### Probability Distributions

Probability distributions, on the other hand, describe the likelihood of different outcomes in a random event or experiment. These distributions are fundamental to probability theory and statistical inference.

A classic example of a probability distribution is the roll of a fair six-sided die. The probability distribution for this scenario would be:

- 1: 1/6 probability
- 2: 1/6 probability
- 3: 1/6 probability
- 4: 1/6 probability
- 5: 1/6 probability
- 6: 1/6 probability

This distribution shows that each outcome has an equal probability of occurring. Probability distributions can be discrete (like the die example) or continuous (such as the normal distribution, which is often used to model natural phenomena).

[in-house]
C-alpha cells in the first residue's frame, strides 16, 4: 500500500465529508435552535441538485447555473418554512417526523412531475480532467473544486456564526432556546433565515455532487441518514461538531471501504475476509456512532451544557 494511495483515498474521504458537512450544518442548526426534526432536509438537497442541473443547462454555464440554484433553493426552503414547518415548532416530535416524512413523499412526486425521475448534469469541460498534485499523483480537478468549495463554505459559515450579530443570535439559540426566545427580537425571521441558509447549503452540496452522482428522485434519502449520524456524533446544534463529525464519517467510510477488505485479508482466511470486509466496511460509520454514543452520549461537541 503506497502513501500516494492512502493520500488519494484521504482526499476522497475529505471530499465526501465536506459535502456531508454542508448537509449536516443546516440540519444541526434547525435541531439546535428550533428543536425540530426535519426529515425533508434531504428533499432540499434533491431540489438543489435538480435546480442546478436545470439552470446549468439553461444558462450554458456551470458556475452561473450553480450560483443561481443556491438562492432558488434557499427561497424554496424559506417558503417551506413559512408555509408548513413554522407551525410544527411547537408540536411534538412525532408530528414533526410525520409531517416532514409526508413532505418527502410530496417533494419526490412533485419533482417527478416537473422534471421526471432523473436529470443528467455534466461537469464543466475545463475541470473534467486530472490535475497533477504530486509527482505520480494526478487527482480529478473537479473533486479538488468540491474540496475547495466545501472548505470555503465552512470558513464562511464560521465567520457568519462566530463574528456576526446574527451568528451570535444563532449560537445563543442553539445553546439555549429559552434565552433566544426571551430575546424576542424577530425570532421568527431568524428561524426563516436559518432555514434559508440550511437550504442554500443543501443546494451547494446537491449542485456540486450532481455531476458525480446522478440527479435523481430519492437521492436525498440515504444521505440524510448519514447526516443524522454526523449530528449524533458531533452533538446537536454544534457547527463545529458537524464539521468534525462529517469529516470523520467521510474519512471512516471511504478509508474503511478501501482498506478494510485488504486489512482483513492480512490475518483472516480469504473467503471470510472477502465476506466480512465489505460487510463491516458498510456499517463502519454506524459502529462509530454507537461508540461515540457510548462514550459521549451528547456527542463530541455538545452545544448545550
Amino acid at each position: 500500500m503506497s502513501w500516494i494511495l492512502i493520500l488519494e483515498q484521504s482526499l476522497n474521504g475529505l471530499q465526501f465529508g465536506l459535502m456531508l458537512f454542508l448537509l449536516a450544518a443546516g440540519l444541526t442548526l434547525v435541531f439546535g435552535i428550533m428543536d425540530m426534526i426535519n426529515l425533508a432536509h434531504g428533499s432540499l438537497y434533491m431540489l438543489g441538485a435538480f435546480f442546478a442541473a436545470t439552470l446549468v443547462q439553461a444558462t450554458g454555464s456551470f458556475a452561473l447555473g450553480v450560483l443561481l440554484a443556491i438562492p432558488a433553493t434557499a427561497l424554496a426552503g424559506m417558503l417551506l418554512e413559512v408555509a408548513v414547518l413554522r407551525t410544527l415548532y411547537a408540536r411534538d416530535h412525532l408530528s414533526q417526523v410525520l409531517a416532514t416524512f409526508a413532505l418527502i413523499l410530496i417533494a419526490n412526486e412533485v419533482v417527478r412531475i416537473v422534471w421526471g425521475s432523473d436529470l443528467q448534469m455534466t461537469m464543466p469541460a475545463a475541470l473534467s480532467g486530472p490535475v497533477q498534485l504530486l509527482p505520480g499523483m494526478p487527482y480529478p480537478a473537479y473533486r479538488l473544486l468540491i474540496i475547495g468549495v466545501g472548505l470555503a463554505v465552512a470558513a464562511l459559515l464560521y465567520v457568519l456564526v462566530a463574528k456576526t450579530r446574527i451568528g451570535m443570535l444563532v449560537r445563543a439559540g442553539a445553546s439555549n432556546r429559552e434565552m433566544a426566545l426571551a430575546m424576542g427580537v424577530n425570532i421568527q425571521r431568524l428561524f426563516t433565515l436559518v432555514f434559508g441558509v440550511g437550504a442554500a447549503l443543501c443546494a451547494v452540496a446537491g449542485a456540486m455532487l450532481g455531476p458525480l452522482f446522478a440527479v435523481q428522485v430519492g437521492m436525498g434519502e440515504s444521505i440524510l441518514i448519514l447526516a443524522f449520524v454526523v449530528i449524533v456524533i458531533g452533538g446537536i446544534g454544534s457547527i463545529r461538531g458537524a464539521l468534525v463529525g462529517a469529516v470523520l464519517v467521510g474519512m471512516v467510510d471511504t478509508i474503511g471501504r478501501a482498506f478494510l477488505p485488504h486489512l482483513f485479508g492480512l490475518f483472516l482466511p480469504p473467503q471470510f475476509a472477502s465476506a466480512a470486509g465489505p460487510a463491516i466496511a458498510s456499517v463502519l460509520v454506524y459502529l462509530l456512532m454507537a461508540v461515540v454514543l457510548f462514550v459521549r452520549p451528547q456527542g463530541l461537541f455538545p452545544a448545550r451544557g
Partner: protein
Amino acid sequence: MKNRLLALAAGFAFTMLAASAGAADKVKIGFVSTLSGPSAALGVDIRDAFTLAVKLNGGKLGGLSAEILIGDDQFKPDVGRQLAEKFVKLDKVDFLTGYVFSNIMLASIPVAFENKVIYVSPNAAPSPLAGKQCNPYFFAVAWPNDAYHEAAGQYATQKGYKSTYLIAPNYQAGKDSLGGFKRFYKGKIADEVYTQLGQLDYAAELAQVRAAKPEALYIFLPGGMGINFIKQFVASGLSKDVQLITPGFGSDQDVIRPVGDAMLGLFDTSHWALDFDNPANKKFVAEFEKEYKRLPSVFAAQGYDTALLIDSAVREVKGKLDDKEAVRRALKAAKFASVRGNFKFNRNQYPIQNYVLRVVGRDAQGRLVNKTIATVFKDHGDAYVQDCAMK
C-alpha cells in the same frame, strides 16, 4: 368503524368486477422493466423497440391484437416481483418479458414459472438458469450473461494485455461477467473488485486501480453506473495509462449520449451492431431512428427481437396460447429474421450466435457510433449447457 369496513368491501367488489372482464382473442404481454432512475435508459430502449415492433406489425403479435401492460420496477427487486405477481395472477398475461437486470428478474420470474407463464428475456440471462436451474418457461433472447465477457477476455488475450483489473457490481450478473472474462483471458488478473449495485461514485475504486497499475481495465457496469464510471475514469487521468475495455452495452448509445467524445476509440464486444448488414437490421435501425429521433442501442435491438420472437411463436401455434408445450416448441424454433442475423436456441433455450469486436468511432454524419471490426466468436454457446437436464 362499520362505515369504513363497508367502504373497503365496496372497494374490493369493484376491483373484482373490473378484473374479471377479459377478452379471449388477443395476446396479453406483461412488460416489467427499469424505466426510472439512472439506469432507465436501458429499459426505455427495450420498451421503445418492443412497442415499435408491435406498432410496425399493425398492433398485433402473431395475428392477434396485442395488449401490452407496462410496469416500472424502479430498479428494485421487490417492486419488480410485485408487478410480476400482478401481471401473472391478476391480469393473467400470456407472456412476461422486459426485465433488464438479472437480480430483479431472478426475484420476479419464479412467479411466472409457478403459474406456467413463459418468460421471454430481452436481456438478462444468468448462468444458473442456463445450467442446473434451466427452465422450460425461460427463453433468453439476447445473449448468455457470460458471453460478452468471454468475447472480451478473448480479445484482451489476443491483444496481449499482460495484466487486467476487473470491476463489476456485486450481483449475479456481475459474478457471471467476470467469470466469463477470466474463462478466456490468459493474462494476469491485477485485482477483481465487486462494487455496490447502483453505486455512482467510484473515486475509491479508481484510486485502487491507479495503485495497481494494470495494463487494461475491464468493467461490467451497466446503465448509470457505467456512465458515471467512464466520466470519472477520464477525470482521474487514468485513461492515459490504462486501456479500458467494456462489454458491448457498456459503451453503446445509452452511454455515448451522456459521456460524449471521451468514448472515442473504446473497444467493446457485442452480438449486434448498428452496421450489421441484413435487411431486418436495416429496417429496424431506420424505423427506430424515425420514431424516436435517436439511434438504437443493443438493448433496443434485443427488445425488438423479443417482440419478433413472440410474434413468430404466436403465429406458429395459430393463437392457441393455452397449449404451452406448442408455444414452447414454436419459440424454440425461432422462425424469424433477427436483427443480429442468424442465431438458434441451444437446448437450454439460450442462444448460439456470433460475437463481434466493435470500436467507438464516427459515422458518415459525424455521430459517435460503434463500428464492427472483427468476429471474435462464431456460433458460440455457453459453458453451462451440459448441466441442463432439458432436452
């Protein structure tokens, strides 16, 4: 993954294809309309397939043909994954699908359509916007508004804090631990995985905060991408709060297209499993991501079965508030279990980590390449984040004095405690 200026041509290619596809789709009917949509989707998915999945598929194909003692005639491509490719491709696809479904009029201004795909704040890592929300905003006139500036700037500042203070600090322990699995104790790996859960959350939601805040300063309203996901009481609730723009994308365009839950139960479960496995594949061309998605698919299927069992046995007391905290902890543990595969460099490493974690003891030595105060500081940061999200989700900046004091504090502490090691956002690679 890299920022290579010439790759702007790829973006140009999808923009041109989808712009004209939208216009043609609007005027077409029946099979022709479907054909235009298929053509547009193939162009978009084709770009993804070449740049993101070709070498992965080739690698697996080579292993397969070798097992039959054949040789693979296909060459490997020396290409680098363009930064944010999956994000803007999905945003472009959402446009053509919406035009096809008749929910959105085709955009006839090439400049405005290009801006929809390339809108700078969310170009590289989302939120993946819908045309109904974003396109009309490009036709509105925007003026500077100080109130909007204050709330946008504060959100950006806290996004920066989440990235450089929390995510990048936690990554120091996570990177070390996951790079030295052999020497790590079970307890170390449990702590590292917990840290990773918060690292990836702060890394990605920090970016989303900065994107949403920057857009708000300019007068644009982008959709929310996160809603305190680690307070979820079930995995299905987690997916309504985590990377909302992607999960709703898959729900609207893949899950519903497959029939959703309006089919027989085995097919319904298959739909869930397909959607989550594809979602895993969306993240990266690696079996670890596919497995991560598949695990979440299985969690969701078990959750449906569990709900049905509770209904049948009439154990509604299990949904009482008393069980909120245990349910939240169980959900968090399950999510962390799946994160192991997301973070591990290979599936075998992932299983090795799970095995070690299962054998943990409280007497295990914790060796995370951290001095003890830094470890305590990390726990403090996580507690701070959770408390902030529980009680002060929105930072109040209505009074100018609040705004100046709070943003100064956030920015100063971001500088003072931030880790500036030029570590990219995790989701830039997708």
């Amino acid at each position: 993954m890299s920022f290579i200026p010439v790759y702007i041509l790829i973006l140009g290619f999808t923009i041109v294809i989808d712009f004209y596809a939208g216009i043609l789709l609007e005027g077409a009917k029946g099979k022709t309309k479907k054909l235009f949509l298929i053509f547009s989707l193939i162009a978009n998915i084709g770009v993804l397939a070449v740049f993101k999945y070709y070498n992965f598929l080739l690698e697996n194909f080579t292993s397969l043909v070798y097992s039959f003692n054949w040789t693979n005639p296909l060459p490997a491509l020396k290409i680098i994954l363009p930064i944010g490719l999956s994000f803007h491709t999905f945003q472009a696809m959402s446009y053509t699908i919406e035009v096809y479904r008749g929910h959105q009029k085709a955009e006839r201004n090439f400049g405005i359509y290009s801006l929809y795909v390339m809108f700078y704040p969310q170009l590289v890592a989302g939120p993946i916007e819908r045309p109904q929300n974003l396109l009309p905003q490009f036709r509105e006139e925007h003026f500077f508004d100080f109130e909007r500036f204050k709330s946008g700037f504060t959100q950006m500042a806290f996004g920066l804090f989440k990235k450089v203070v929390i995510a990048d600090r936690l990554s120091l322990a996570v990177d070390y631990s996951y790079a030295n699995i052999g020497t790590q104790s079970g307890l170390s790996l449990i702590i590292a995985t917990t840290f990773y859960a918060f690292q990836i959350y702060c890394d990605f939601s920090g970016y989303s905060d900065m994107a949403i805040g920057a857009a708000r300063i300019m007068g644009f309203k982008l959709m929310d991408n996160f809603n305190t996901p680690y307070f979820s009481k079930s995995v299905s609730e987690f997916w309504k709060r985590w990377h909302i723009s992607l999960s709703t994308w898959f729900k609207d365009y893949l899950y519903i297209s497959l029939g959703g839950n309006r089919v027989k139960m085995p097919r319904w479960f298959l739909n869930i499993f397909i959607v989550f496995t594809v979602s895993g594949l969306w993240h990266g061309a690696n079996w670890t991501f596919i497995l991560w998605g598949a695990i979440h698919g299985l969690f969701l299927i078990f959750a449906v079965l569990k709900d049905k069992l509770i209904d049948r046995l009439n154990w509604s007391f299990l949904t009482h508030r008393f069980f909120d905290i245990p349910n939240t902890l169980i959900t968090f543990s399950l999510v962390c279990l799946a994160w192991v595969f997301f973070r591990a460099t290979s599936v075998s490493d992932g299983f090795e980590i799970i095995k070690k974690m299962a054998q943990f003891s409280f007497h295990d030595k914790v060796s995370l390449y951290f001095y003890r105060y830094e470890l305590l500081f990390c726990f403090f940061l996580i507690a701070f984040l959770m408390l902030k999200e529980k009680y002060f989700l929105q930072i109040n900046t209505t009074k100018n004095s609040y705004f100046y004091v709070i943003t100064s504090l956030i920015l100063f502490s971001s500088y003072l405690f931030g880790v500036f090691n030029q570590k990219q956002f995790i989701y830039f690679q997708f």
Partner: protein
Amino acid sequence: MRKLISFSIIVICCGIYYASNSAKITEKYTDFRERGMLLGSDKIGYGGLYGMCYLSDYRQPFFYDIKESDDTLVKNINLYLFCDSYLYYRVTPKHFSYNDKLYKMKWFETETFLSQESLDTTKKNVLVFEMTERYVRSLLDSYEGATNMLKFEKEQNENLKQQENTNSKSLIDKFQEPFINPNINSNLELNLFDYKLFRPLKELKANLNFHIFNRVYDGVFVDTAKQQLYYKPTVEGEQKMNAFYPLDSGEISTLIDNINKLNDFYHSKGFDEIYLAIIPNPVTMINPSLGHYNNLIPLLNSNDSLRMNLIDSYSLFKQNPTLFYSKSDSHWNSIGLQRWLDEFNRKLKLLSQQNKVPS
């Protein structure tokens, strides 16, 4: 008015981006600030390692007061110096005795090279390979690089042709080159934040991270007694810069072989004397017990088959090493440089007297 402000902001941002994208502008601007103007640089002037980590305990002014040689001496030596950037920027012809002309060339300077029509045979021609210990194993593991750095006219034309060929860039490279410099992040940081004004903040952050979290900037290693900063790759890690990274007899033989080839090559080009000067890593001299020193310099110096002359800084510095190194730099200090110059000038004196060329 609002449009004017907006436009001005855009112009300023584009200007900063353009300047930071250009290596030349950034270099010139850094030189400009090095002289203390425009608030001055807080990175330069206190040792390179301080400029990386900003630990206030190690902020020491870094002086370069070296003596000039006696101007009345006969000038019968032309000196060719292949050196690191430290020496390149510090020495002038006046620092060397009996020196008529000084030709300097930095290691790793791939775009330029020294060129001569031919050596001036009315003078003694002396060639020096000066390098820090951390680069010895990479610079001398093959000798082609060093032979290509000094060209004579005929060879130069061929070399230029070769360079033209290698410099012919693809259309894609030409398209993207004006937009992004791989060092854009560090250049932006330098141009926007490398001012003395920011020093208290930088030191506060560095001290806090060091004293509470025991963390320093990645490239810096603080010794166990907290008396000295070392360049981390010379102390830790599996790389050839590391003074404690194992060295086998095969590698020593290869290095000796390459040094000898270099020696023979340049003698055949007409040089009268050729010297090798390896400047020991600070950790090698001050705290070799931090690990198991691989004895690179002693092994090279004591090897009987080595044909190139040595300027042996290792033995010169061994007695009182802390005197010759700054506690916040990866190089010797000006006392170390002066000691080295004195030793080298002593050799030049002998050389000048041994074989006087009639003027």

### How Distributions Represent Data

Distributions are powerful because they provide a mathematical framework for representing and analyzing data. They allow us to:

- Summarize large datasets concisely
- Identify patterns and trends in data
- Make predictions and inferences about populations based on samples
- Compare different datasets or populations
- Understand the variability and spread of data

When we talk about a "data distribution math definition," we're essentially describing the mathematical function or rule that defines how the data is spread out. This could be a simple list of values and their frequencies (as in a frequency distribution) or a more complex mathematical function (as in many probability distributions).